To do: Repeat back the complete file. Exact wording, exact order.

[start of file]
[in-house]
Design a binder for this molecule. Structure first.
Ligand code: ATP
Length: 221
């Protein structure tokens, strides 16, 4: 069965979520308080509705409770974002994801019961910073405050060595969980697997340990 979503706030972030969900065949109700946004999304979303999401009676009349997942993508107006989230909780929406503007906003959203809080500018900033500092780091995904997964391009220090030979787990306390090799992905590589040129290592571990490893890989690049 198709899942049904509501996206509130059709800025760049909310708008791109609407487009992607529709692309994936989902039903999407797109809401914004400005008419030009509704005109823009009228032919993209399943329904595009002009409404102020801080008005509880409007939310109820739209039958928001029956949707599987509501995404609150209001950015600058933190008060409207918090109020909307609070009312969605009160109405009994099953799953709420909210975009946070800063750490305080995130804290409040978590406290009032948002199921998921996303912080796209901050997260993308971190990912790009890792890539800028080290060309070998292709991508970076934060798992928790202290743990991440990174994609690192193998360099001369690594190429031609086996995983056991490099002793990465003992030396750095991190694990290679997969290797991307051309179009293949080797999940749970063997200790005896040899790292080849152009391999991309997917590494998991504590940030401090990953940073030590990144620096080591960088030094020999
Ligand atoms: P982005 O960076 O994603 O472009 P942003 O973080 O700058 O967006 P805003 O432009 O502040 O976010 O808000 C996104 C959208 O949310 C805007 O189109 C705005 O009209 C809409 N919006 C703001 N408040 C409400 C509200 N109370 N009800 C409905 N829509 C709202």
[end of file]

[in-house]
Design a binder for this molecule. Structure first.
Ligand code: ATP
Length: 221
């Protein structure tokens, strides 16, 4: 069965979520308080509705409770974002994801019961910073405050060595969980697997340990 979503706030972030969900065949109700946004999304979303999401009676009349997942993508107006989230909780929406503007906003959203809080500018900033500092780091995904997964391009220090030979787990306390090799992905590589040129290592571990490893890989690049 198709899942049904509501996206509130059709800025760049909310708008791109609407487009992607529709692309994936989902039903999407797109809401914004400005008419030009509704005109823009009228032919993209399943329904595009002009409404102020801080008005509880409007939310109820739209039958928001029956949707599987509501995404609150209001950015600058933190008060409207918090109020909307609070009312969605009160109405009994099953799953709420909210975009946070800063750490305080995130804290409040978590406290009032948002199921998921996303912080796209901050997260993308971190990912790009890792890539800028080290060309070998292709991508970076934060798992928790202290743990991440990174994609690192193998360099001369690594190429031609086996995983056991490099002793990465003992030396750095991190694990290679997969290797991307051309179009293949080797999940749970063997200790005896040899790292080849152009391999991309997917590494998991504590940030401090990953940073030590990144620096080591960088030094020999
Ligand atoms: P982005 O960076 O994603 O472009 P942003 O973080 O700058 O967006 P805003 O432009 O502040 O976010 O808000 C996104 C959208 O949310 C805007 O189109 C705005 O009209 C809409 N919006 C703001 N408040 C409400 C509200 N109370 N009800 C409905 N829509 C709202």